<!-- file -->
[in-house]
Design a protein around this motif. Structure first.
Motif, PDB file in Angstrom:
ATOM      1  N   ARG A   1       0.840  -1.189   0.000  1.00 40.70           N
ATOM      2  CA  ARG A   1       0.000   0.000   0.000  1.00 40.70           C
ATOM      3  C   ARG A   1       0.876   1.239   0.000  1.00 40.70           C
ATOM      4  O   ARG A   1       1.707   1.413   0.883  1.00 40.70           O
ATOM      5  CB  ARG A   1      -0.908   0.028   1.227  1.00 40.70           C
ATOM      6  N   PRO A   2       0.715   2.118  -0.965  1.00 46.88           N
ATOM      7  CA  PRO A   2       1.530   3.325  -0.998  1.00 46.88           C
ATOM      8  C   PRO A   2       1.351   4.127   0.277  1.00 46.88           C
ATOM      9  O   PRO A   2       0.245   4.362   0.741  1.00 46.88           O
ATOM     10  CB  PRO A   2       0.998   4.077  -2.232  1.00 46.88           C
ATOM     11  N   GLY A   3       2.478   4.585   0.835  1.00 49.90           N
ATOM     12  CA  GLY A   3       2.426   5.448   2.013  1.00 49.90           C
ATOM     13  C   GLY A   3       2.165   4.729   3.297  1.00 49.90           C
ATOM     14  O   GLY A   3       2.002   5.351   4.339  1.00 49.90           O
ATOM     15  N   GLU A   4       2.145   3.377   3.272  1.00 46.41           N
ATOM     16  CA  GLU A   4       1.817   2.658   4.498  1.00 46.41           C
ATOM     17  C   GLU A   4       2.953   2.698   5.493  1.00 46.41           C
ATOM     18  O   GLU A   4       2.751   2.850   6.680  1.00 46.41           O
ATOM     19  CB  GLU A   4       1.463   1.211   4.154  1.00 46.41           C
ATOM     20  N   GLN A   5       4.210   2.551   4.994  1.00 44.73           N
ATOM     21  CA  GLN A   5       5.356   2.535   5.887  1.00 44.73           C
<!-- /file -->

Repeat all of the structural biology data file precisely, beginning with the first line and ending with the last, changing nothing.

[in-house]
Design a protein around this motif. Structure first.
Motif, PDB file in Angstrom:
ATOM      1  N   ARG A   1       0.840  -1.189   0.000  1.00 40.70           N
ATOM      2  CA  ARG A   1       0.000   0.000   0.000  1.00 40.70           C
ATOM      3  C   ARG A   1       0.876   1.239   0.000  1.00 40.70           C
ATOM      4  O   ARG A   1       1.707   1.413   0.883  1.00 40.70           O
ATOM      5  CB  ARG A   1      -0.908   0.028   1.227  1.00 40.70           C
ATOM      6  N   PRO A   2       0.715   2.118  -0.965  1.00 46.88           N
ATOM      7  CA  PRO A   2       1.530   3.325  -0.998  1.00 46.88           C
ATOM      8  C   PRO A   2       1.351   4.127   0.277  1.00 46.88           C
ATOM      9  O   PRO A   2       0.245   4.362   0.741  1.00 46.88           O
ATOM     10  CB  PRO A   2       0.998   4.077  -2.232  1.00 46.88           C
ATOM     11  N   GLY A   3       2.478   4.585   0.835  1.00 49.90           N
ATOM     12  CA  GLY A   3       2.426   5.448   2.013  1.00 49.90           C
ATOM     13  C   GLY A   3       2.165   4.729   3.297  1.00 49.90           C
ATOM     14  O   GLY A   3       2.002   5.351   4.339  1.00 49.90           O
ATOM     15  N   GLU A   4       2.145   3.377   3.272  1.00 46.41           N
ATOM     16  CA  GLU A   4       1.817   2.658   4.498  1.00 46.41           C
ATOM     17  C   GLU A   4       2.953   2.698   5.493  1.00 46.41           C
ATOM     18  O   GLU A   4       2.751   2.850   6.680  1.00 46.41           O
ATOM     19  CB  GLU A   4       1.463   1.211   4.154  1.00 46.41           C
ATOM     20  N   GLN A   5       4.210   2.551   4.994  1.00 44.73           N
ATOM     21  CA  GLN A   5       5.356   2.535   5.887  1.00 44.73           C